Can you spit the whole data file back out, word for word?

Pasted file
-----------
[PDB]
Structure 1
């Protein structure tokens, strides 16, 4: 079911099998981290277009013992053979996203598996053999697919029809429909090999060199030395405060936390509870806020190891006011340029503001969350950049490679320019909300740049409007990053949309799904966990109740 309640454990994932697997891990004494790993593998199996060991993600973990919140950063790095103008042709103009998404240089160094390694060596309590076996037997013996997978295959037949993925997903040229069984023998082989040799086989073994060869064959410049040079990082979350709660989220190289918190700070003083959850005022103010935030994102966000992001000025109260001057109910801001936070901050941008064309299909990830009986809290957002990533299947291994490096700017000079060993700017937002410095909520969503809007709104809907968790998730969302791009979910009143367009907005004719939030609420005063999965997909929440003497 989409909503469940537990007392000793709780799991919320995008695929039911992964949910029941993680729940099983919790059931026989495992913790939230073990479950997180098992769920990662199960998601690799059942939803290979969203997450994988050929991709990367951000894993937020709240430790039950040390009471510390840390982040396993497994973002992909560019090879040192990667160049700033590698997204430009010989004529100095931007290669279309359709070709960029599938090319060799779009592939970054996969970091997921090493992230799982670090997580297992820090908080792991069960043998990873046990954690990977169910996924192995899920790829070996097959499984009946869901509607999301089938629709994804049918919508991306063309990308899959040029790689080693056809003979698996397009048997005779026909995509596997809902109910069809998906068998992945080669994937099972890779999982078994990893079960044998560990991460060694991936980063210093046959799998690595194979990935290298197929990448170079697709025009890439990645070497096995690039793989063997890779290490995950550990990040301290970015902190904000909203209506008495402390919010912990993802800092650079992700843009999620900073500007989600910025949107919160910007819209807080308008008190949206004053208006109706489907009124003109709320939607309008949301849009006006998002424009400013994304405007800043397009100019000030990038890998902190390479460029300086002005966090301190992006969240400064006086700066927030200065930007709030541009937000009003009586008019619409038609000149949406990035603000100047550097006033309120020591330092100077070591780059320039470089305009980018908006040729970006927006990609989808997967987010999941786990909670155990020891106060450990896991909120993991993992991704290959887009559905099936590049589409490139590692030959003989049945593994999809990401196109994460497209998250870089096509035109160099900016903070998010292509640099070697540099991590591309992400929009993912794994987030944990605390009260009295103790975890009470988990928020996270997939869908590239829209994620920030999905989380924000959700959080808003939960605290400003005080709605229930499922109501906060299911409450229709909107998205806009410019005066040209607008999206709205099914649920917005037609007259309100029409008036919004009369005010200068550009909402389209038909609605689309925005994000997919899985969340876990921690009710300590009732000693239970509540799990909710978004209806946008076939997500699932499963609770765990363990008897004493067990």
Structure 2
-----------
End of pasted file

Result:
[PDB]
Structure 1
């Protein structure tokens, strides 16, 4: 079911099998981290277009013992053979996203598996053999697919029809429909090999060199030395405060936390509870806020190891006011340029503001969350950049490679320019909300740049409007990053949309799904966990109740 309640454990994932697997891990004494790993593998199996060991993600973990919140950063790095103008042709103009998404240089160094390694060596309590076996037997013996997978295959037949993925997903040229069984023998082989040799086989073994060869064959410049040079990082979350709660989220190289918190700070003083959850005022103010935030994102966000992001000025109260001057109910801001936070901050941008064309299909990830009986809290957002990533299947291994490096700017000079060993700017937002410095909520969503809007709104809907968790998730969302791009979910009143367009907005004719939030609420005063999965997909929440003497 989409909503469940537990007392000793709780799991919320995008695929039911992964949910029941993680729940099983919790059931026989495992913790939230073990479950997180098992769920990662199960998601690799059942939803290979969203997450994988050929991709990367951000894993937020709240430790039950040390009471510390840390982040396993497994973002992909560019090879040192990667160049700033590698997204430009010989004529100095931007290669279309359709070709960029599938090319060799779009592939970054996969970091997921090493992230799982670090997580297992820090908080792991069960043998990873046990954690990977169910996924192995899920790829070996097959499984009946869901509607999301089938629709994804049918919508991306063309990308899959040029790689080693056809003979698996397009048997005779026909995509596997809902109910069809998906068998992945080669994937099972890779999982078994990893079960044998560990991460060694991936980063210093046959799998690595194979990935290298197929990448170079697709025009890439990645070497096995690039793989063997890779290490995950550990990040301290970015902190904000909203209506008495402390919010912990993802800092650079992700843009999620900073500007989600910025949107919160910007819209807080308008008190949206004053208006109706489907009124003109709320939607309008949301849009006006998002424009400013994304405007800043397009100019000030990038890998902190390479460029300086002005966090301190992006969240400064006086700066927030200065930007709030541009937000009003009586008019619409038609000149949406990035603000100047550097006033309120020591330092100077070591780059320039470089305009980018908006040729970006927006990609989808997967987010999941786990909670155990020891106060450990896991909120993991993992991704290959887009559905099936590049589409490139590692030959003989049945593994999809990401196109994460497209998250870089096509035109160099900016903070998010292509640099070697540099991590591309992400929009993912794994987030944990605390009260009295103790975890009470988990928020996270997939869908590239829209994620920030999905989380924000959700959080808003939960605290400003005080709605229930499922109501906060299911409450229709909107998205806009410019005066040209607008999206709205099914649920917005037609007259309100029409008036919004009369005010200068550009909402389209038909609605689309925005994000997919899985969340876990921690009710300590009732000693239970509540799990909710978004209806946008076939997500699932499963609770765990363990008897004493067990």
Structure 2